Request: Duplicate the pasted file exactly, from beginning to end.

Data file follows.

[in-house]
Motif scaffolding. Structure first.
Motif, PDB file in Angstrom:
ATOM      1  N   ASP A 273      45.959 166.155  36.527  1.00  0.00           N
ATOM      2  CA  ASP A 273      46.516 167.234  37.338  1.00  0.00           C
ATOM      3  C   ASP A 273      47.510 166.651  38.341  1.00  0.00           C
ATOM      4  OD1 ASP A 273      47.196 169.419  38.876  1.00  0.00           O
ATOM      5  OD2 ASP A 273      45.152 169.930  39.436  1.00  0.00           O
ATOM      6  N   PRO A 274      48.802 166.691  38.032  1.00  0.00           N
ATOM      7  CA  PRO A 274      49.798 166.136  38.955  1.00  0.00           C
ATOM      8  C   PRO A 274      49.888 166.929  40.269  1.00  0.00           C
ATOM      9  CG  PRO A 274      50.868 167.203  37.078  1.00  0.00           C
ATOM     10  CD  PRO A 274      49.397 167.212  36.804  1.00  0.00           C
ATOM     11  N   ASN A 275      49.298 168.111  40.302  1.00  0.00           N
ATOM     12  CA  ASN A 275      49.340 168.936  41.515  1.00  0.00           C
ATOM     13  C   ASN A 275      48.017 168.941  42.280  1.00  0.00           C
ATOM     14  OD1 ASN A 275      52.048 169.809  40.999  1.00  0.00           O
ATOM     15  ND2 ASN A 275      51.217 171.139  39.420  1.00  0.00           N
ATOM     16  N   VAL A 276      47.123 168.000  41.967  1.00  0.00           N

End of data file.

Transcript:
[in-house]
Motif scaffolding. Structure first.
Motif, PDB file in Angstrom:
ATOM      1  N   ASP A 273      45.959 166.155  36.527  1.00  0.00           N
ATOM      2  CA  ASP A 273      46.516 167.234  37.338  1.00  0.00           C
ATOM      3  C   ASP A 273      47.510 166.651  38.341  1.00  0.00           C
ATOM      4  OD1 ASP A 273      47.196 169.419  38.876  1.00  0.00           O
ATOM      5  OD2 ASP A 273      45.152 169.930  39.436  1.00  0.00           O
ATOM      6  N   PRO A 274      48.802 166.691  38.032  1.00  0.00           N
ATOM      7  CA  PRO A 274      49.798 166.136  38.955  1.00  0.00           C
ATOM      8  C   PRO A 274      49.888 166.929  40.269  1.00  0.00           C
ATOM      9  CG  PRO A 274      50.868 167.203  37.078  1.00  0.00           C
ATOM     10  CD  PRO A 274      49.397 167.212  36.804  1.00  0.00           C
ATOM     11  N   ASN A 275      49.298 168.111  40.302  1.00  0.00           N
ATOM     12  CA  ASN A 275      49.340 168.936  41.515  1.00  0.00           C
ATOM     13  C   ASN A 275      48.017 168.941  42.280  1.00  0.00           C
ATOM     14  OD1 ASN A 275      52.048 169.809  40.999  1.00  0.00           O
ATOM     15  ND2 ASN A 275      51.217 171.139  39.420  1.00  0.00           N
ATOM     16  N   VAL A 276      47.123 168.000  41.967  1.00  0.00           N